Figure 8.1 Hospitalizations for acute kidney injury, with or without dialysis, by race (see page 171 for analytical methods. Medicare patients age 66 & older.)

Characteristics of patients with AKI  Top

Figure 8.2 Characteristics of patients with acute kidney injury, by age, gender, race, & dataset, 2008 (see page 172 for analytical methods. Medicare AKI patients age 66 & older, & MarketScan & Ingenix i3 AKI patients age 2064.)

In the Medicare, MarketScan, and Ingenix i3 AKI cohorts, the proportion of males to females is 47 to 53, 58 to 42, and 61 to 32 percent, respectively. By race, 82.9 percent of patients in the Medicare dataset are white, 12.4 percent are African American, and 4.8 percent are individuals of other races.

Figure 8.3 Rates of acute kidney injury, by age & datase (see page 172 for analytical methods. Medicare AKI patients age 66 & older, & MarketScan & Ingenix i3 AKI patients age 2064)

Acute kidney injury is highly associated with age. Among Medicare patients, the rate of AKI in 2008 for those age 6669 was 10.3 per 1,000 patient years. This rose to 19.2 in those age 7579, and to 34.7 in those 85 and older. A similar pattern is seen in both the MarketScan and Ingenix i3 populations.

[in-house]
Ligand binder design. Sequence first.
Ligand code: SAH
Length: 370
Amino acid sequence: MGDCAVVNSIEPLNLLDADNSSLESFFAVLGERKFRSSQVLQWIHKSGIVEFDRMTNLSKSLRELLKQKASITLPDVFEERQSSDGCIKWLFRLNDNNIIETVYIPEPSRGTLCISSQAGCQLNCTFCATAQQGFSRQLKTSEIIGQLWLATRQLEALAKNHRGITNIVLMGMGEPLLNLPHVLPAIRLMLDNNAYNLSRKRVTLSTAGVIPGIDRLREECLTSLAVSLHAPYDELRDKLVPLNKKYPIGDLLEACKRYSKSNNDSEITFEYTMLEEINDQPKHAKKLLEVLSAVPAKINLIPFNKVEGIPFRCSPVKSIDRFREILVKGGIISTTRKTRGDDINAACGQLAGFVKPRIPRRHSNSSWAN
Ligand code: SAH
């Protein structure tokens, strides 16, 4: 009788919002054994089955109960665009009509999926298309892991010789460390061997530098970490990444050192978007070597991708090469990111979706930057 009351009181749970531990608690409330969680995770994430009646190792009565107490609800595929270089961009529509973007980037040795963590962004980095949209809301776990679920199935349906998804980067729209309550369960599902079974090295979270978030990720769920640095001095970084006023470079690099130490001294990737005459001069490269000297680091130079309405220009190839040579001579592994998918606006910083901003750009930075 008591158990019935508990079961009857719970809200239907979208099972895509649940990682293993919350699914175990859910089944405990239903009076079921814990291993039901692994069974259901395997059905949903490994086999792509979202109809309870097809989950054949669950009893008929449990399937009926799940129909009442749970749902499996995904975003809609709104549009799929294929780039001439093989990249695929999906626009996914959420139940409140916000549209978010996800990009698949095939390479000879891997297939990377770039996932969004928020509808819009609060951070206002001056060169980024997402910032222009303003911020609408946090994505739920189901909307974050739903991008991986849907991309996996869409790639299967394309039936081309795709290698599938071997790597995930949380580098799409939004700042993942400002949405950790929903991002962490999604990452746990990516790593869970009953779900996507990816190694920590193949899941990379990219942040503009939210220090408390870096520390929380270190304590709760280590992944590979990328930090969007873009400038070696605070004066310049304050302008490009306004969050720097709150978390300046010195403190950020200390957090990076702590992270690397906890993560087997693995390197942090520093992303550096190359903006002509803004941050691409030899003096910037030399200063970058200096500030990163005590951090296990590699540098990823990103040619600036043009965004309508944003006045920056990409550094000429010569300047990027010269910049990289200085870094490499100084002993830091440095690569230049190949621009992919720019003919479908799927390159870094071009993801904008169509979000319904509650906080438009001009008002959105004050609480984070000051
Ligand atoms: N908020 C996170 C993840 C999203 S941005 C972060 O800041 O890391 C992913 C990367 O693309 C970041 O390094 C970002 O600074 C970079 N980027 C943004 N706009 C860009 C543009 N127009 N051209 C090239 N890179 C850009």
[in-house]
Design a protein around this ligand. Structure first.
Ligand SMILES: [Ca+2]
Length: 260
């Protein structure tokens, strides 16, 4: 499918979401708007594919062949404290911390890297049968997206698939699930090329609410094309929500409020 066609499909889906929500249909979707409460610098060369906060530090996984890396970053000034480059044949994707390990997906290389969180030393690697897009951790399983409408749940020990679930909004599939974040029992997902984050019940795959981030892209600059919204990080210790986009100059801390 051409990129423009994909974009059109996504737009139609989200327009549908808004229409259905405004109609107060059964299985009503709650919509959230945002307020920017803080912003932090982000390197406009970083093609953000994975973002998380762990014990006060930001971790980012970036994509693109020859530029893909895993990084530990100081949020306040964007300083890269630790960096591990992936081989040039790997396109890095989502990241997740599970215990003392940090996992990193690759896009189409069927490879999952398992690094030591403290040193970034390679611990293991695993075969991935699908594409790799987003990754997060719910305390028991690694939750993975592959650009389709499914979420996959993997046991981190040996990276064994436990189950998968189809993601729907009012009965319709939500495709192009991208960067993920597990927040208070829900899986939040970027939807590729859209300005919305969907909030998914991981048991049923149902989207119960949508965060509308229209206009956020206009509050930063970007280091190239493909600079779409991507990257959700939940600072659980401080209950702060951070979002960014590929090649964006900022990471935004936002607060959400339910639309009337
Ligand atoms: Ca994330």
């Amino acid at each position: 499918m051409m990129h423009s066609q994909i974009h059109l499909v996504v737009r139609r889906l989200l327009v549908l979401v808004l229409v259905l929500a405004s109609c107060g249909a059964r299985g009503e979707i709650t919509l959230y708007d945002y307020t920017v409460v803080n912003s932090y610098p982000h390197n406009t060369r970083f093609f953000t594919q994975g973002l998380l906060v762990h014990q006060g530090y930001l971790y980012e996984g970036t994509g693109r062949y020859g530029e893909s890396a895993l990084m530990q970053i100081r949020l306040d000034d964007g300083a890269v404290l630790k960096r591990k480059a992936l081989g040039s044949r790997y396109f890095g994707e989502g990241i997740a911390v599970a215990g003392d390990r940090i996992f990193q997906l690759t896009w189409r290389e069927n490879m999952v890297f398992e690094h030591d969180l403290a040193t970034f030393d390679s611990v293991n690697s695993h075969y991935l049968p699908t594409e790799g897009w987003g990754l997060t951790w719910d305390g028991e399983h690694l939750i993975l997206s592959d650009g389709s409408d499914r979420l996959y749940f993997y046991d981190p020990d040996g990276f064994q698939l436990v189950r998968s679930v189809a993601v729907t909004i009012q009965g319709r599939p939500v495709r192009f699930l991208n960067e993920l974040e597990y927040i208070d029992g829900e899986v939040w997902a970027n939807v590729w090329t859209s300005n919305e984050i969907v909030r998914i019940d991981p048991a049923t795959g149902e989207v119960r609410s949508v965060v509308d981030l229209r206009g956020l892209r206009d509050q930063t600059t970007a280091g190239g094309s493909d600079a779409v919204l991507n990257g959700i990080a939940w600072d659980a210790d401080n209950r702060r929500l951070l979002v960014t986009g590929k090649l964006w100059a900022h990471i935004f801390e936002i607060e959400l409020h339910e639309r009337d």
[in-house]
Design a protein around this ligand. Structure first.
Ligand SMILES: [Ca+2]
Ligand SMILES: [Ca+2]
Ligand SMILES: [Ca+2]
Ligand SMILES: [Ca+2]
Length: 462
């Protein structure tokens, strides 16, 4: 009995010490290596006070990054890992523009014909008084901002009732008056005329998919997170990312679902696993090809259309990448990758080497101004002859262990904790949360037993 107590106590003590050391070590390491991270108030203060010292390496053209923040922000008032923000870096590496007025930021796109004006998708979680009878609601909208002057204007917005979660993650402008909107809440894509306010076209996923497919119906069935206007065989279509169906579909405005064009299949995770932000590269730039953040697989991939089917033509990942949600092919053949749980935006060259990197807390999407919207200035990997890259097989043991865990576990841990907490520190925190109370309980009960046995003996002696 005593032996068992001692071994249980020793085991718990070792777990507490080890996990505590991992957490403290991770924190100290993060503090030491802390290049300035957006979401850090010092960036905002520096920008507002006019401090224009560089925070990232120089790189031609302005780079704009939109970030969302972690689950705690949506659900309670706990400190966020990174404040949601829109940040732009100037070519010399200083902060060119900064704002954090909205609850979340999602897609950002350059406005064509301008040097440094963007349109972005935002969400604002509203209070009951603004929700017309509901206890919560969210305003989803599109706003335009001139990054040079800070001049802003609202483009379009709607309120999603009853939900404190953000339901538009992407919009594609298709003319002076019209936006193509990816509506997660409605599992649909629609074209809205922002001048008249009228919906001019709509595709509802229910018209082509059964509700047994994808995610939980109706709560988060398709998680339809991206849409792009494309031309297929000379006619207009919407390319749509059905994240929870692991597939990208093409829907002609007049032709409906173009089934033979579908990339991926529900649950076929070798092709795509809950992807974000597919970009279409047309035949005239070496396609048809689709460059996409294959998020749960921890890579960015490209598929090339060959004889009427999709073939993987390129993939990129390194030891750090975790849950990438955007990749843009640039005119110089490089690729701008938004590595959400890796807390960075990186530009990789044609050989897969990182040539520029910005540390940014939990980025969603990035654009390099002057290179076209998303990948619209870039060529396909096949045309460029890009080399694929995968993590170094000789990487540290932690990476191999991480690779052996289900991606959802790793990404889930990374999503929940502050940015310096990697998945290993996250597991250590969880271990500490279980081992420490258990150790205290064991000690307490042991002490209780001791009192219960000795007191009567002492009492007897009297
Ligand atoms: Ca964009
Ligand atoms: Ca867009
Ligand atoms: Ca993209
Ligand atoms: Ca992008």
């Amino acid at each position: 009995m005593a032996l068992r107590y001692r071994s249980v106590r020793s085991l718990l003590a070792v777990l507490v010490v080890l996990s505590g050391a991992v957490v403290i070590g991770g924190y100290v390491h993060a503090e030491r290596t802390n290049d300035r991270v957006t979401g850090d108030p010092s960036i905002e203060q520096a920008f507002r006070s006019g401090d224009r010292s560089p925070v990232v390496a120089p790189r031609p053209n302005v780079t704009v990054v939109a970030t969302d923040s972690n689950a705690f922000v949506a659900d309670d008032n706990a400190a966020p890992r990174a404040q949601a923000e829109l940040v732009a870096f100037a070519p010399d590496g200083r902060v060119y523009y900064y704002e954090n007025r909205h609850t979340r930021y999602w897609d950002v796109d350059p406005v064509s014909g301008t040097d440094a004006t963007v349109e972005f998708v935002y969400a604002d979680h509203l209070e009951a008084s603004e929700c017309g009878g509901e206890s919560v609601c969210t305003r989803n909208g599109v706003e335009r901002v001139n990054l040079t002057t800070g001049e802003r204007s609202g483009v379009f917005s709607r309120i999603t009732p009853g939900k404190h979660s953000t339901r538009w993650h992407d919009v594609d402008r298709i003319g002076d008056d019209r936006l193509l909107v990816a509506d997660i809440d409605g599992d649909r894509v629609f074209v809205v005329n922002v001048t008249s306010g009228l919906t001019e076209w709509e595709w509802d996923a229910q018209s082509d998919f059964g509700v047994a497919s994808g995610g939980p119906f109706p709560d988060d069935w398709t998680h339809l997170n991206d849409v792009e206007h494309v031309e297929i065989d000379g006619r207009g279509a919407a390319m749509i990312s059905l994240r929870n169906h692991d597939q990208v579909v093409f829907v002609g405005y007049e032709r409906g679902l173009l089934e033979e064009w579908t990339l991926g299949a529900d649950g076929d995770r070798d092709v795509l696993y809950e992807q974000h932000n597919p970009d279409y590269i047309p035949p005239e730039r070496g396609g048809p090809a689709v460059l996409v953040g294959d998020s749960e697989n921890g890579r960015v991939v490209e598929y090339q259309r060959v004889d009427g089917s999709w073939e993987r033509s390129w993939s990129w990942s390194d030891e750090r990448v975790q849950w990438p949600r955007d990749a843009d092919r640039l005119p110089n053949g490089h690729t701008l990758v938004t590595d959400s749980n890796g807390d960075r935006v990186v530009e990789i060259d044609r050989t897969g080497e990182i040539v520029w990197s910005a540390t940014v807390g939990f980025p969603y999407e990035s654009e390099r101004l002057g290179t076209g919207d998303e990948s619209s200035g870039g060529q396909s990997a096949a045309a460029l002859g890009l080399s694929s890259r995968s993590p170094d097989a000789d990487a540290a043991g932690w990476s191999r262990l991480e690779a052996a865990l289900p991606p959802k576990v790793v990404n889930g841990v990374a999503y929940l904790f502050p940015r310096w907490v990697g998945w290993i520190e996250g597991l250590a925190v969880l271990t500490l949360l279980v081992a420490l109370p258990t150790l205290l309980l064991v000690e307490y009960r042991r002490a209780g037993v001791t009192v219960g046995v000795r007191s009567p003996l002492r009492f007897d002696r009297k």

Figure 8.4 Rates of acute kidney injury in Medicare patients, by race (see page 172 for analytical methods. Medicare patients age 66 & older)

The incidence of AKI among Medicare patients age 66 and older varies considerably by race. In 2008, the rate per 1,000 patient years was 18.4 in whites, compared to 34.2 in African Americans, and 18.6 among individuals of other races. This disparity has increased significantly over the past 13 years; rates in 1995 were 2.5, 4.9 and 2.4 per 1,000 patient years, respectively.

Figure 8.5 Hospitalized AKI patients requiring dialysis, by type of dialysis (see page 172 for analytical methodss. Medicare AKI patients age 66 & older)